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A type 1221A open wagon with wooden body

The type 1221A open wagon is part of large series of wagons with similar characteristics. These particular wagons were created in a rebuilding program in Belgium during the thirties. The original wagons were closed vans of german origin which were part of the war damage repayment programme from 1919. This concerned numerous G10 and G02 closed vans of Preussian origin. As there was a shortage in coal wagons and closed vans in abundance a smallish 7000 of these wagons were converted into opens. The basic dimensions therefor agree with those of the G10, having an interior length of 7.9 m, width of 2.7 m. The height of the sides was 1.55 m. Contrary to normal practice in Belgium these wagons had only a single door per side instead of two. In common they have the steel reinforcement on top of the sides around the entire circumference. In order to raise the capacity to 20-21 tons the frame was reinforced with a steel triangle below the door. Numerous photos exists of trains which have several of these wagons along. This shows lots of variations, for instance in the strapping being in U-form or L-form. W/o brakes, w/o brake platform, tilting head doors etc.

photo type 1221A BD9808 TSP A very nice photo of Bruno DeDoncker (TSP 9808) exists that gives a side view of such a wagon suited for reproduction as model. Note the absence of brakes, it does have head doors for tilting, this contrary to the wagon seen on the right.

Knowing the origin of the wagon, its internal dimensions and the wheel base this photo allows us to calculate the various dimensions between the steel structural elements. Because of its origin we also know that its going to fit a standard model frame of a G10. This allows us to make some shortcuts by using a rtr wagon frame.

3D drawing of type 1221A A drawing of this wagon was done in 3D for the purpose of using in a 3D printing process. The result was unfortunately not satisfying due various reasons such as resolution of the printer, type of plastic and wall thickness of the model. Therefor conventional techniques were put to good effort again this wagon.


We start with the production of the side panels. For producing planked sides you need an angular board for scribing the planks. These has an angle of 1:10 so that you can easily produce lines with upto 0.05 mm accuracy in spacing. You also need a tool as such on the next photo for making rivetted strapping. Essentially a thin rotary cutting wheel mounted in a handle. This is used in combination with 0.1 mm plastic card and the scribing board for cutting thin parallel strips.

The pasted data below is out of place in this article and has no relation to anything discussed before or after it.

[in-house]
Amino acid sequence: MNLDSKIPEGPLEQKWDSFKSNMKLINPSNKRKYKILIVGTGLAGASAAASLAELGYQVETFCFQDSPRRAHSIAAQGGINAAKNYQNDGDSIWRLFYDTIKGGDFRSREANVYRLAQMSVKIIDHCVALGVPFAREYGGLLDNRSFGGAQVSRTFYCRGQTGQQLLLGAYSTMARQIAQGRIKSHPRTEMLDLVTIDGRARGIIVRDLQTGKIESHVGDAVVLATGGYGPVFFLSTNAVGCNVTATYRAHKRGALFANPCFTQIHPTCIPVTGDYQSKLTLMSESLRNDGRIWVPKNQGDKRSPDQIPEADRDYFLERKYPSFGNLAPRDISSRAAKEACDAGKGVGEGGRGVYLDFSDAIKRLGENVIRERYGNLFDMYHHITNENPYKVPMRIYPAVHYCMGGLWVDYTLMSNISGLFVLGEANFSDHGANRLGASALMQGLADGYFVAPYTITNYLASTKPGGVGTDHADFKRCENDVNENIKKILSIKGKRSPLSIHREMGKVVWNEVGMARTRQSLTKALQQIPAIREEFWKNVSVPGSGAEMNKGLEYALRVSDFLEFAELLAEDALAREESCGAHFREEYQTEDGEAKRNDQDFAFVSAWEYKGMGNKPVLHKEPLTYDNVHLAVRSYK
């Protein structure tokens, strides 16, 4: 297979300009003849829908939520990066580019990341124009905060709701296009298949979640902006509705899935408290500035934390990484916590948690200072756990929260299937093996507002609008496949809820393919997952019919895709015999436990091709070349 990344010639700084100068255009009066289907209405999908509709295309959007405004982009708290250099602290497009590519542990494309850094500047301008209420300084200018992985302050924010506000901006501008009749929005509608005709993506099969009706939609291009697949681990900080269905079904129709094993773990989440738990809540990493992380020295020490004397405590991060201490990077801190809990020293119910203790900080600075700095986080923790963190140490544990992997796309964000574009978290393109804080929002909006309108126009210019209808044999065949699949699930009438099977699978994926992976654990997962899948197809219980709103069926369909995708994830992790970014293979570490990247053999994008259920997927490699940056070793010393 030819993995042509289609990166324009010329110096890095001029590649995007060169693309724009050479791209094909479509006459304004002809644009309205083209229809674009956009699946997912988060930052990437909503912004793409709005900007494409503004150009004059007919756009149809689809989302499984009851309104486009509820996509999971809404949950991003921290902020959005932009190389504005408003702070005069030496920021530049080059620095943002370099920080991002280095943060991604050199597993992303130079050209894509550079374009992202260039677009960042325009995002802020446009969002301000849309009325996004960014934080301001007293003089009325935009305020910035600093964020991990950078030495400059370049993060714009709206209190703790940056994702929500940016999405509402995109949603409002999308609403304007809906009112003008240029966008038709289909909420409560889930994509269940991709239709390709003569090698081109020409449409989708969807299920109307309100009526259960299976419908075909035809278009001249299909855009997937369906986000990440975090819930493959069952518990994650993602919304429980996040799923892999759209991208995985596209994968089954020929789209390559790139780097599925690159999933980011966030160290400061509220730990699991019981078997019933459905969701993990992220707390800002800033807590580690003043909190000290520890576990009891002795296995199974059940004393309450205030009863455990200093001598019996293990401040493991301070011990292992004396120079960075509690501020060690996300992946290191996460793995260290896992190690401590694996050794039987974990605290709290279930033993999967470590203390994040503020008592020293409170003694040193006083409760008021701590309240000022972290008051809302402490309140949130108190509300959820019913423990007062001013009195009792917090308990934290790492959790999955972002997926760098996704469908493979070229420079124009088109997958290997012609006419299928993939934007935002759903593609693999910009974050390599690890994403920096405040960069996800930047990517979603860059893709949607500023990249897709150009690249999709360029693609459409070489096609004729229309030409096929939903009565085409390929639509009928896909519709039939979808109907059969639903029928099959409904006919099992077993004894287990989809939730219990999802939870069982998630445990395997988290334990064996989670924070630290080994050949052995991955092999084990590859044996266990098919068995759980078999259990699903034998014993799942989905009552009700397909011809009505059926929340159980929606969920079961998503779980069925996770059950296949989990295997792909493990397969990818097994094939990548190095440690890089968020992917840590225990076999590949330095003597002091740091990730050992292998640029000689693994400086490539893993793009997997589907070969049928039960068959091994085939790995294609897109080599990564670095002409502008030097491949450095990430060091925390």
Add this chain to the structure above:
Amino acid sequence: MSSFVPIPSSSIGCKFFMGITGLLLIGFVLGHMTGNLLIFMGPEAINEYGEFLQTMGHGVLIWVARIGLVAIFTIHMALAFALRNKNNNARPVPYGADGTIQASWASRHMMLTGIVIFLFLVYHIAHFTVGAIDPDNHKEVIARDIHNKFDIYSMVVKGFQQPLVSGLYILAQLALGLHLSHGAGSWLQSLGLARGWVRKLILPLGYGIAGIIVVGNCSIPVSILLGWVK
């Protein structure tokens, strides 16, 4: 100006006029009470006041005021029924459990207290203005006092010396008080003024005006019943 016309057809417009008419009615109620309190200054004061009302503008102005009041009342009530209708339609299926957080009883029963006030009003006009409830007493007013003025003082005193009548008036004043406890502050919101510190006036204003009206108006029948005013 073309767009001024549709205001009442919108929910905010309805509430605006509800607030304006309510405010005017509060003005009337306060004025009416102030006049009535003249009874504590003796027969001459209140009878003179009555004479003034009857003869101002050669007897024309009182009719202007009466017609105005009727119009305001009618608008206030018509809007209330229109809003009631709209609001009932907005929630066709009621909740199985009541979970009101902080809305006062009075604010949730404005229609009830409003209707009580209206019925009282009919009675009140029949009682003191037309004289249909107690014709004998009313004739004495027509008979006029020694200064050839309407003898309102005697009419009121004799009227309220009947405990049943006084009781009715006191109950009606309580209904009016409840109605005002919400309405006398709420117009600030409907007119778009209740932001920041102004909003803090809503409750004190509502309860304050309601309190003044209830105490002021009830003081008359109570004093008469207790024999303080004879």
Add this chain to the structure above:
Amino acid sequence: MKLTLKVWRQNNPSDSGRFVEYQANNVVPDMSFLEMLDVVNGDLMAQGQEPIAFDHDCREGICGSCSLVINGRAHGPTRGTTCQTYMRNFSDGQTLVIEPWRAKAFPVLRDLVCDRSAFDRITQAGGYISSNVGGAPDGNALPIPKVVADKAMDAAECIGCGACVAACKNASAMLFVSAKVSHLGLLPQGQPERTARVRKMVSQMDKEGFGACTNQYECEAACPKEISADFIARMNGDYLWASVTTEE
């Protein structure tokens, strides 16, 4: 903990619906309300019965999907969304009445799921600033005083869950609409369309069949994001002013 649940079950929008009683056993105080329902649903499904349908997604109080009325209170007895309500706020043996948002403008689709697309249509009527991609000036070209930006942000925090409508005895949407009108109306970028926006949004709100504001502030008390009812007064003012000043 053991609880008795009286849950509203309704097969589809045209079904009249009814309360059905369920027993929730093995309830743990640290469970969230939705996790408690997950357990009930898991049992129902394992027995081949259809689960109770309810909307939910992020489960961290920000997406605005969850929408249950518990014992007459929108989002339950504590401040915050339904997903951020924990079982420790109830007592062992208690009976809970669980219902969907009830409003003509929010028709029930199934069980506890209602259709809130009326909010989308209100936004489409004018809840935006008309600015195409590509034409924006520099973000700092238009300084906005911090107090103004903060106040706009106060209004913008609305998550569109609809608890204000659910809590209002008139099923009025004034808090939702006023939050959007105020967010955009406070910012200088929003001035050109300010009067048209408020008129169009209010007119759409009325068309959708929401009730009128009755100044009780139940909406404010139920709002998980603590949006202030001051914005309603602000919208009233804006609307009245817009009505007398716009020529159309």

angular board for accurate scribing Home made angular board made to an idea of Geoff Jones of 2mm fame. An improvement is to clad the base with a piece of cutting mat so that knife and base will last longer.

tool for riveting tool for making riveted strapping

Side panels

On this photo we see the sides with scribed planking and the door openings cut out. The basic plasticard material is 0.5mm, only black because it was the piece that came closest to thickness.

sides with door opening Sides with door opening cut out using black plasticard. This latter serves no other purpose then visibility. Now its easy to see the fit by using white plasticard for the rest.

wagons sides with reinforcements The strapping added by Evergreen strips and the doors added from white plastic

4 sides and floor The whole shebang, 4 sides and floor still flat

glued result glued together


frame with lead The frame is from a N wagon with a milled recess filled with lead for weight


completed wagon Buffers, hand rails, shunting hand grips, steps and frame reinforcement added.

completed wagon Paint added but waiting for lettering.

author: Henk Oversloot
date: 9 august 2010